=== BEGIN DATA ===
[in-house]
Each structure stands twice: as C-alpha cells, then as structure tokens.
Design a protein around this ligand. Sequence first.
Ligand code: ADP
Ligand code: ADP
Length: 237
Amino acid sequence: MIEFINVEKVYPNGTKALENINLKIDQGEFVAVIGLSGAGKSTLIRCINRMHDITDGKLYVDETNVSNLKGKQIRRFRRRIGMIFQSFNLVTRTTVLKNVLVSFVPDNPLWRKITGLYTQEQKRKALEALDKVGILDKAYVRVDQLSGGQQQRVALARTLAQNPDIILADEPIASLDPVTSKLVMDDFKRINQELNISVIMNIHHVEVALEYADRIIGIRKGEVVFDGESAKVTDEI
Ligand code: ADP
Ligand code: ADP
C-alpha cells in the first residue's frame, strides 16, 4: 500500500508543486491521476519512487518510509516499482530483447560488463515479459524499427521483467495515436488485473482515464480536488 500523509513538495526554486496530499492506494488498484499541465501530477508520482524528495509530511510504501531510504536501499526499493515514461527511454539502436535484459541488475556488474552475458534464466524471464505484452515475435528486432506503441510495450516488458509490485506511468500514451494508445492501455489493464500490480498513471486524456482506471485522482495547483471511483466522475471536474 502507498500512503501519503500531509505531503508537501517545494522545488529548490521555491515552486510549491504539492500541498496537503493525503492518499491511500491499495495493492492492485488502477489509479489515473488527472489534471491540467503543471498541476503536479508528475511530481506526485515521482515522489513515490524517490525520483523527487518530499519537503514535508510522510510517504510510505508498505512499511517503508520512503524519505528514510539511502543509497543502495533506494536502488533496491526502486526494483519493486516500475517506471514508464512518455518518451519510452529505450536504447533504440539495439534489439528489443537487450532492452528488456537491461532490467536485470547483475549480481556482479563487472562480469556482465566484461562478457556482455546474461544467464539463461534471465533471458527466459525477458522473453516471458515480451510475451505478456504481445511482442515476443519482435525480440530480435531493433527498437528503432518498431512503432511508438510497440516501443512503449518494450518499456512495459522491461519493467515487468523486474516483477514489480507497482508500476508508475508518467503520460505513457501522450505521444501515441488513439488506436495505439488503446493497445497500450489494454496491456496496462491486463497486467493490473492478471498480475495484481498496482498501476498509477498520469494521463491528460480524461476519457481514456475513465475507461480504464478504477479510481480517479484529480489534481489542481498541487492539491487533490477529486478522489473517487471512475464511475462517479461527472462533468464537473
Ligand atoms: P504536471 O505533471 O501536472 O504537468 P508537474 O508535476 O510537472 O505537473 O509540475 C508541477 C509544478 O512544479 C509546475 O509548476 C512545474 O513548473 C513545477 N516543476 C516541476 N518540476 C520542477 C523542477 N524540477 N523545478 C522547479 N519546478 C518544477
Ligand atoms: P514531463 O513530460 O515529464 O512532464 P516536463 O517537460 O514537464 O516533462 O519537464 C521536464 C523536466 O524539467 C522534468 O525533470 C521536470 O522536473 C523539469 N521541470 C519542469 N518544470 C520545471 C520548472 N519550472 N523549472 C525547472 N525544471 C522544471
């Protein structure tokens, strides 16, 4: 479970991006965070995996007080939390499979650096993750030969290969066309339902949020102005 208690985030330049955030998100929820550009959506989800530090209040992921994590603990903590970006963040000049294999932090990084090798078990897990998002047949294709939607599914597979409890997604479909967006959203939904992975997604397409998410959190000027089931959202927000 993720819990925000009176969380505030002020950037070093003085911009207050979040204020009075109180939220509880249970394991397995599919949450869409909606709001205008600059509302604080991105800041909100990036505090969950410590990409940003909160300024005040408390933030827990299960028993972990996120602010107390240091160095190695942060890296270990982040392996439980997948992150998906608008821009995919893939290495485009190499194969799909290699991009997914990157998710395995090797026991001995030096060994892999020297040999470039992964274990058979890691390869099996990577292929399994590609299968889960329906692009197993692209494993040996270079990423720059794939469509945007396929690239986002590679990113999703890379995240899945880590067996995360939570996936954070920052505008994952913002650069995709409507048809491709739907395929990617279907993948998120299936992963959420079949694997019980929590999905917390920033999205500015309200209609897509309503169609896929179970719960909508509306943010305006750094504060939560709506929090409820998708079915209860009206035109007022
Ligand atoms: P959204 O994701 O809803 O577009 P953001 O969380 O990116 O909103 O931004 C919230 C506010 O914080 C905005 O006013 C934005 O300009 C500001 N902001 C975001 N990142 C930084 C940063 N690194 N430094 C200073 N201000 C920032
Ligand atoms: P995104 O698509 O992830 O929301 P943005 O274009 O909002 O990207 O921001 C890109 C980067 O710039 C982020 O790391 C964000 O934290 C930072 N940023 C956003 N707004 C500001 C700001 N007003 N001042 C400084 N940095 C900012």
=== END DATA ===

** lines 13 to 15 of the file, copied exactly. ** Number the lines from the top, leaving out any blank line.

């Protein structure tokens, strides 16, 4: 479970991006965070995996007080939390499979650096993750030969290969066309339902949020102005 208690985030330049955030998100929820550009959506989800530090209040992921994590603990903590970006963040000049294999932090990084090798078990897990998002047949294709939607599914597979409890997604479909967006959203939904992975997604397409998410959190000027089931959202927000 993720819990925000009176969380505030002020950037070093003085911009207050979040204020009075109180939220509880249970394991397995599919949450869409909606709001205008600059509302604080991105800041909100990036505090969950410590990409940003909160300024005040408390933030827990299960028993972990996120602010107390240091160095190695942060890296270990982040392996439980997948992150998906608008821009995919893939290495485009190499194969799909290699991009997914990157998710395995090797026991001995030096060994892999020297040999470039992964274990058979890691390869099996990577292929399994590609299968889960329906692009197993692209494993040996270079990423720059794939469509945007396929690239986002590679990113999703890379995240899945880590067996995360939570996936954070920052505008994952913002650069995709409507048809491709739907395929990617279907993948998120299936992963959420079949694997019980929590999905917390920033999205500015309200209609897509309503169609896929179970719960909508509306943010305006750094504060939560709506929090409820998708079915209860009206035109007022
Ligand atoms: P959204 O994701 O809803 O577009 P953001 O969380 O990116 O909103 O931004 C919230 C506010 O914080 C905005 O006013 C934005 O300009 C500001 N902001 C975001 N990142 C930084 C940063 N690194 N430094 C200073 N201000 C920032
Ligand atoms: P995104 O698509 O992830 O929301 P943005 O274009 O909002 O990207 O921001 C890109 C980067 O710039 C982020 O790391 C964000 O934290 C930072 N940023 C956003 N707004 C500001 C700001 N007003 N001042 C400084 N940095 C900012």